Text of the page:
In 1910, friend of doggos Robert Leighton asserted that Britain harbored a “national love of dogs” and the family dog “has become a respectable member of society.” However, the path from property to pet for the pooch was not so smooth. The status of the canine in society throughout the Victorian period, what Phillip Howell refers to in At Home and Astray as the “dog question,” was a vexed one—and one everyone had an opinion about. William Gladstone (when serving as the Chancellor of the Exchequer) noted “Mankind might almost be divided into two classes—the dog-lovers and the dog-hatesr. There was no medium. Every man either keeps a dog or hates it” (1839 Parliamentary Debates). As in former years, Victorian dogs were key players in agrarian and urban economies viewed primarily as laboring property responsible for hunting down vermin, herding livestock, and helping hunters sniff out prey, rather than standing in humankind’s best friends. But the eighteenth and nineteenth centuries also witnessed the domestication of canines, as they became lap accouterments for women, roving companions for outdoors folks young and old, and more generally bourgeois household fixtures. Victorian luminaries like Queen Victoria, John Ruskin, Charles Dickens, Charles Darwin, and George Eliot were all known for their canine affections.
Nineteenth-century animal welfare movements contributed to different imaginaries for animals that allied each non-human animal with personality traits understood by humans. Because of their proximity to humans, dogs became allied with nobility, loyalty, trustworthiness, and intelligence that bordered on servility. In other words, dogs were always good boys. Aesthetic critic and canophile, John Ruskin, composed an ode to his spaniel (Dash) that gushed:
But more than subjects to poetic paeans, the hearty, hale, and reliable demeanors of dogs made them companions and collaborators for Victorian naturalists. The long-nineteenth century witnessed a growth in natural history as a broad model for scientific inquiry; including various earth and life sciences like geology, paleontology, botany, mineralogy, and astronomy, natural history opened up the laboratory doors to make the outdoors a fruitful space for observation and research. Dogs fit into this scheme quite well. In his Chapters on Animals, Phillip Gilbert Hamerton frames the relationship between the naturalist and the dog as “that between the sun and planet.” Dogs, however, did not just act as furry friends, but were also enlisted as active producers of scientific knowledge in their own right. A love of sport introduced young Charles Darwin to a menagerie of pups: a stream of terriers (Nina, Pincher, Spark, Sheila, and Polly), Bob the retriever, Bran the Scottish Deerhound, and Dash his beloved Pointer. More than sporting companions, domestic dogs furnished Darwin with examples for developing theories of adaptation and inheritance in On the Origin of the Species:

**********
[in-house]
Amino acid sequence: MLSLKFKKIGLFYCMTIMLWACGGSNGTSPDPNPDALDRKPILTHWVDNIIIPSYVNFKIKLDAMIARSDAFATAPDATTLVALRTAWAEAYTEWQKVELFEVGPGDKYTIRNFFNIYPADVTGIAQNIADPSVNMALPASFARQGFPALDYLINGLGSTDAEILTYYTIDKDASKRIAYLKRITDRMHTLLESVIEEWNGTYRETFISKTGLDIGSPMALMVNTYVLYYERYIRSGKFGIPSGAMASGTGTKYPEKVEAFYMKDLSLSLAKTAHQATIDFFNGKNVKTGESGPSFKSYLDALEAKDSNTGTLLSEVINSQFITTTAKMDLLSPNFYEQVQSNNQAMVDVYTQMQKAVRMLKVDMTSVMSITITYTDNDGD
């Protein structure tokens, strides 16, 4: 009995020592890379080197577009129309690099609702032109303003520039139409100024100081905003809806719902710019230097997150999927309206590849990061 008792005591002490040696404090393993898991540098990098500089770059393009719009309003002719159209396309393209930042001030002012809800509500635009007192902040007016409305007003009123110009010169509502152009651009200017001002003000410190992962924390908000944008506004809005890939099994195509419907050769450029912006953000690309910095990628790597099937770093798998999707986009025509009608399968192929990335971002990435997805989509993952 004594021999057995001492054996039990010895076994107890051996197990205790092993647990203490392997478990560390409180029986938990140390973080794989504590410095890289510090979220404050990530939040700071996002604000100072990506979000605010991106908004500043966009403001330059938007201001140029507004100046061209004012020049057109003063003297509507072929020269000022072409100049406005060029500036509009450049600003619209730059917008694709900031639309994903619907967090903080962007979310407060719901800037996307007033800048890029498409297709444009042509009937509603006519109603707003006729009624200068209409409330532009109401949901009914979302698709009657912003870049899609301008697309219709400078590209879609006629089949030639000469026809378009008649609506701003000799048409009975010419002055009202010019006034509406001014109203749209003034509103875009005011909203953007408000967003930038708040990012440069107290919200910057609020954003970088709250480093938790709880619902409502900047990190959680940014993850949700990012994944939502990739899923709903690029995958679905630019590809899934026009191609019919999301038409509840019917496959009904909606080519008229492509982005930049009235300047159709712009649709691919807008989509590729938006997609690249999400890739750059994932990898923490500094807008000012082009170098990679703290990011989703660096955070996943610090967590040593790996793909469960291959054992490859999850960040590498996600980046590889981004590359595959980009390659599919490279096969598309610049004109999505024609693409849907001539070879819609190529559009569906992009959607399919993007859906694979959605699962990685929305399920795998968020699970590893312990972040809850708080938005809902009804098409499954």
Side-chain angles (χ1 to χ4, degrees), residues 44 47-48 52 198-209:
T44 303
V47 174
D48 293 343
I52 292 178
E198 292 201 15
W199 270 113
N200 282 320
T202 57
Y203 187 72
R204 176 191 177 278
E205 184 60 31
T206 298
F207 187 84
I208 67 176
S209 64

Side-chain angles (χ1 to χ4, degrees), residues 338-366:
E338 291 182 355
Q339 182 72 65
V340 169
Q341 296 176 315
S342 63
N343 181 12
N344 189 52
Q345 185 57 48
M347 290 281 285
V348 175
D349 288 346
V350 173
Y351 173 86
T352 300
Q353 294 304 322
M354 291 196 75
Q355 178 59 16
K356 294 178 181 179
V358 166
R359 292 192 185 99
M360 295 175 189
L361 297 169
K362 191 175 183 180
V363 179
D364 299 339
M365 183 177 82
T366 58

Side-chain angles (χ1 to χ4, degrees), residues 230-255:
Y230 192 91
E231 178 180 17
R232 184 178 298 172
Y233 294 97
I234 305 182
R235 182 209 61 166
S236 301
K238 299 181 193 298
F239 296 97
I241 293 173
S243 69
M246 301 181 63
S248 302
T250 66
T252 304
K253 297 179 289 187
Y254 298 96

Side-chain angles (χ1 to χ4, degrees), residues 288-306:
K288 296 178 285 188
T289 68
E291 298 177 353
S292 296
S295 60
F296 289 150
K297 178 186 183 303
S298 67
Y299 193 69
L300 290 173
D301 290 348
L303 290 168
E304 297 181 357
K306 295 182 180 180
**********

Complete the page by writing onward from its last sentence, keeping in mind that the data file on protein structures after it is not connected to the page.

How strongly these domestic instincts, habits, and dispositions are inherited, and how
In Darwin’s case, the dog serves primarily as discursive touchstone employed to explicate scientific theory. That is, the scientific labor of dogs in this case hinges on their transcription into text and abstraction into theory. The legacy of nineteenth-century paleontologist, Mary Anning (1799-1847), however, offers a different example of a human-nonhuman companionate relationship that advanced scientific knowledge. Anning grew up in Lyme Regis in Southwest England with a view of the region’s famed Blue Lias cliffs. She was fond of taking rambles of the cliff-sides with her ever-present terrier mutt, Tray (possibly short for “Thursday,”) who Mary rescued as a stray. As terriers were known for their indefatigable digging, Tray became Anning’s co-field agent and his pointing and digging abilities led her to uncover some of the era’s most important paleontological finds, such as the Ichthyosaurus platydon and Ichthyosaurus vulgaris in 1821. Alhtough overlooked in her time, Mary Anning's paleontological legacy lives on, as just recently the jawbone of an Ichthyosaur was found on the coast of Bristol. Instead of a byproduct of his human-like qualities, Tray’s paleontological successes emphasized his dog-ness. Moreover, tapping into the current cultural sentiment of a dog’s unwavering loyalty, stories abound of Tray stoutly guarding fossil specimens while Mary would go home to fetch the necessary tools to unearth and transport them. In 1833, after over a decade of fossil hunting together, poor Tray meant an untimely demise, as a landside buried him. A letter to her friend Charlotte Murchison, records Anning’s grief, as well as the still-precarious position of dogs in early-nineteenth-century culture: “Perhaps you will laugh when I say that the death of my old faithful dog has quite upset me …” Even if, the “dog question” went unanswered throughout the Victorian period, Anning’s legacy depicted Tray was as an indispensible collaborator in his companion’s scientific discoveries. One of the few surviving images (and one of the most broadly circulated) of Anning is an 1847 painting by B.J. Donne that features Anning holding a pickaxe and cradling a woven basket. Anning points down either at a fossil or Tray, the black and white pup curled up at her feet. As a nineteenth-century #academicwithdogs, Anning too documented her relationship with Tray within the materials of her intellectual labor, as a doodling of her beloved terrier (curled up snoozing) appears in her field notes. In the painting, the Golden Cap outcrop of Dorset looms behind them, enfolding the relationship between Anning and Tray within slower moving, geological time.
What then, might these Victorian dog-human relationships, tell us?
I offer these examples not so much to answer the “dog question” of the nineteenth century. Rather, I suggest that they might serve as coordinates for plotting out how the “dog question,” the ongoing debates about the place of the dog in society, allowed for non-human-centered practices of making knowledge. And for those of us who write with our nonhuman or pet companions, we too might think about how they shape the practices that comprise our intellectual labor. But most of all, our Victorian ancestors assure us: yes, dogs are good boys.